9th August, The Hillarys, Perth, Australia
The Hillarys is part of Perth's famed Sunset Coast. A stone's throw away from the city (about 20km), The Hillarys is home to the kind of coastal life that would make any salty old sea dog pine for dry land. It has a gleaming boat harbour filled with an array of sleek yachts and high-powered speedboats, lined up nicely on the edge of the Indian Ocean. Surrounding the harbour is the village-style complex of Sorrento Quays comprising a precinct of eateries and shopping outlets. The beach that sits on the other side of the complex has lovely refined sand and even on a Winter's day, a handful of sunbathers can usually be seen making the most of the rays.
There are some posh European-style harbour side apartments that, judging by the location, are probably worth a bob or two. Along with the trendy cafés and ornate-looking boutiques, there's a general air of lavishness to the place. At the same time, it does not come across as pretentious and you don't feel like an outsider if you walk along the jetty in the wrong clothing labels.
We walked around the harbour and stopped to have some lunch in an Italian restaurant. We spent a relaxing few hours there, sat by the window eating our delicious food, watching the stationary boats and people milling around in the sun. Everyone seemed to be eating ice creams. It's difficult to believe that it's Winter - ice creams and Winter are two words that simply do not go together back home! Once we'd let our lunch go down we, too, took a stroll around the complex holding a cone each. It was a nice way to end our trip to the seaside.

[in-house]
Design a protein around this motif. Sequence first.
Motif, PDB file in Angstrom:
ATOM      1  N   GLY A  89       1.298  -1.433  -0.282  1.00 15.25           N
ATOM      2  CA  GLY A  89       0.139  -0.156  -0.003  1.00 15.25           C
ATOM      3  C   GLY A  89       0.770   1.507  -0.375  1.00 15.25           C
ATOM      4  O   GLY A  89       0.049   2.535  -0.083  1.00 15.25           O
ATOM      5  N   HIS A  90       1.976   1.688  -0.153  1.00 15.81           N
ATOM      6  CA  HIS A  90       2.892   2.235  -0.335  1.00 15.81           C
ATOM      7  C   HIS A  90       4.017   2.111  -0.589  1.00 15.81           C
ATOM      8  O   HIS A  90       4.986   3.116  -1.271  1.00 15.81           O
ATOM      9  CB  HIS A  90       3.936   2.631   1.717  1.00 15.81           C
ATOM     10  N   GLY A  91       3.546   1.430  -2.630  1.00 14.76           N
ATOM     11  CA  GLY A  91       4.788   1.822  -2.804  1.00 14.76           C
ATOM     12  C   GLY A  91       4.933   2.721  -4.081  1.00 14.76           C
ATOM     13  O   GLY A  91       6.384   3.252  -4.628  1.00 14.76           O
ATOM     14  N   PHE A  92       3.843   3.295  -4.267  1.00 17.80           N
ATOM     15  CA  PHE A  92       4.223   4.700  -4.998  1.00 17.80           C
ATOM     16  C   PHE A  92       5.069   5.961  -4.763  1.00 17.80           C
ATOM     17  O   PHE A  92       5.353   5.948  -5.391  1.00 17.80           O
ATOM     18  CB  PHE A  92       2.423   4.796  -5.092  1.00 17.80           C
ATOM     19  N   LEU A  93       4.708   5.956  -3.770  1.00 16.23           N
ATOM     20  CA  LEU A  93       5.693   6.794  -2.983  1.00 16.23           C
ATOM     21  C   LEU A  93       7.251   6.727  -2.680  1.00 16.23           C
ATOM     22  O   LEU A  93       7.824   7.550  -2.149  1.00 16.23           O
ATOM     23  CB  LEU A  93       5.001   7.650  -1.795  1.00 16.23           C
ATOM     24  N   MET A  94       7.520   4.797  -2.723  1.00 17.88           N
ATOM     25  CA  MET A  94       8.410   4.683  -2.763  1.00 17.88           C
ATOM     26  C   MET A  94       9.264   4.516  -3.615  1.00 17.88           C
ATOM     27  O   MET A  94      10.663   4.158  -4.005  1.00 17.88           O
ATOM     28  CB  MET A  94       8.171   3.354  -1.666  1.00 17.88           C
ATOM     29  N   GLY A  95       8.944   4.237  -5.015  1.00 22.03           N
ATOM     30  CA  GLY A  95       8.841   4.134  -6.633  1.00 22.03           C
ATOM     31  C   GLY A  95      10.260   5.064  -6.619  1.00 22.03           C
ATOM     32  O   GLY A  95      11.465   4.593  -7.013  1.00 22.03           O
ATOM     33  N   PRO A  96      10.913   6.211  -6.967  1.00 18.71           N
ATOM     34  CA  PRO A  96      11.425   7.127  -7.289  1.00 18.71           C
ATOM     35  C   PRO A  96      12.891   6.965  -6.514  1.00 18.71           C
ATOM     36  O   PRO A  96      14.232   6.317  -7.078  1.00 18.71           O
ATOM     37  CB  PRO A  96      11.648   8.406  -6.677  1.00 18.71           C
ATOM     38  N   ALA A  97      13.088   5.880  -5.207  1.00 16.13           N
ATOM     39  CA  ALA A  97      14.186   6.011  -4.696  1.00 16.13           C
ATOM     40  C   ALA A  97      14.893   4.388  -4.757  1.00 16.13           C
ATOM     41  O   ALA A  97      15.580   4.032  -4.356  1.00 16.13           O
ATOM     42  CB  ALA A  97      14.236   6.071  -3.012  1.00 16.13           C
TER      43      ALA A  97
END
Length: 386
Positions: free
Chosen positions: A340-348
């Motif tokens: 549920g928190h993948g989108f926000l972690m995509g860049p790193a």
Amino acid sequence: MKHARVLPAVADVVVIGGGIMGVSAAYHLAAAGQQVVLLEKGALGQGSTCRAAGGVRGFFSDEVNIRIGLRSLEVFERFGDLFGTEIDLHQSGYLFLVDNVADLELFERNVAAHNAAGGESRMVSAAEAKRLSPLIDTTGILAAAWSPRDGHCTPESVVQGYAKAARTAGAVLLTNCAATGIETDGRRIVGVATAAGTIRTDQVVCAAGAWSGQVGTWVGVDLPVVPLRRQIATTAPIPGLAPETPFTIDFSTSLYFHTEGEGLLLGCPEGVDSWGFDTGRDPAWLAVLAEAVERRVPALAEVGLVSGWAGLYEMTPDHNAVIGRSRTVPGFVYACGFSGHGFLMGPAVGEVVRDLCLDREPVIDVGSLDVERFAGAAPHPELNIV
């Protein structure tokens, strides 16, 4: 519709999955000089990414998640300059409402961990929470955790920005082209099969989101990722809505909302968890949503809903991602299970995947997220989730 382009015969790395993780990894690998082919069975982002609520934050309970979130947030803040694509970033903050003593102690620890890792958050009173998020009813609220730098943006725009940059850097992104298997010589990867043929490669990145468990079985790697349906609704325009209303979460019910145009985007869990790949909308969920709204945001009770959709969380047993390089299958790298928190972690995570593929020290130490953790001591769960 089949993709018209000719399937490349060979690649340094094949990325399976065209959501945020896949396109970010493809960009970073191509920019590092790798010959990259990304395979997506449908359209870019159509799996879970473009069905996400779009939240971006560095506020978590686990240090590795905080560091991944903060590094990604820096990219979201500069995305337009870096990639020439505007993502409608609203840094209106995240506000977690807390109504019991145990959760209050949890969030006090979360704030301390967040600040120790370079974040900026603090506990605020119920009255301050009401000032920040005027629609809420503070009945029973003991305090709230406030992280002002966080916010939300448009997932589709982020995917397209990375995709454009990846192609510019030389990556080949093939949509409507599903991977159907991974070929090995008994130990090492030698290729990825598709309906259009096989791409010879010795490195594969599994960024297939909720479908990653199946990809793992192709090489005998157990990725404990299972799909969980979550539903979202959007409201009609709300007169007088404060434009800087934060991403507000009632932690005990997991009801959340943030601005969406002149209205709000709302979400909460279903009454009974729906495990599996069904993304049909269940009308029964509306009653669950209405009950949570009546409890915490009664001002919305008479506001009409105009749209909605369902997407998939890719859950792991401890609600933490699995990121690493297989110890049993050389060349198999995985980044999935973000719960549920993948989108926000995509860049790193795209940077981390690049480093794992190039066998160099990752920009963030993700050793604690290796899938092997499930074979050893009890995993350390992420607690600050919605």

On the way home, we drove over to Greenwood to look for a Kombi. We're not looking to buy another one but there is one particular Kombi that we'd like to see if she is still around. Ian's brother, Andy, came to Australia five years ago as part of his round-the-world-trip. He loved the place so much that he stayed on for another four years. Like us, he'd bought a VW Kombi when he arrived, which he named 'Winnie'. According to Jase, Winnie is still in Perth and gave us directions on how to find her. We'd done some background work (i.e. driven around the estate five times, probably much to the amusement of the Neighbourhood watch lot!) yesterday afternoon and finally located Winnie's pad. But on both occasions, she was nowhere to be seen. Had they moved? Were they on holiday? Had she been sold? So, Ian decided to go to the door and ask. Mmm ... no-one at home. Were they at work? We decided to leave this for another day.
On the way back to Ethel, Ian passed a couple of young lads. One of them said 'hey dude' in a cheery manner, while the other was probably dying of embarrassment. Anyhow, Ian replied, 'you alright then?'. 'Yeah dude,' was the response he got and as soon as Ian was out of earshot - or, so they thought - Ian heard one of them whispering in a self-assured tone, 'He's Scottish!'. Yeah, right island, wee lad, wrong country! In fairness, we couldn't tell the difference between a Queensland and a Tasmanian accent, but Scottish? Ian? I think not!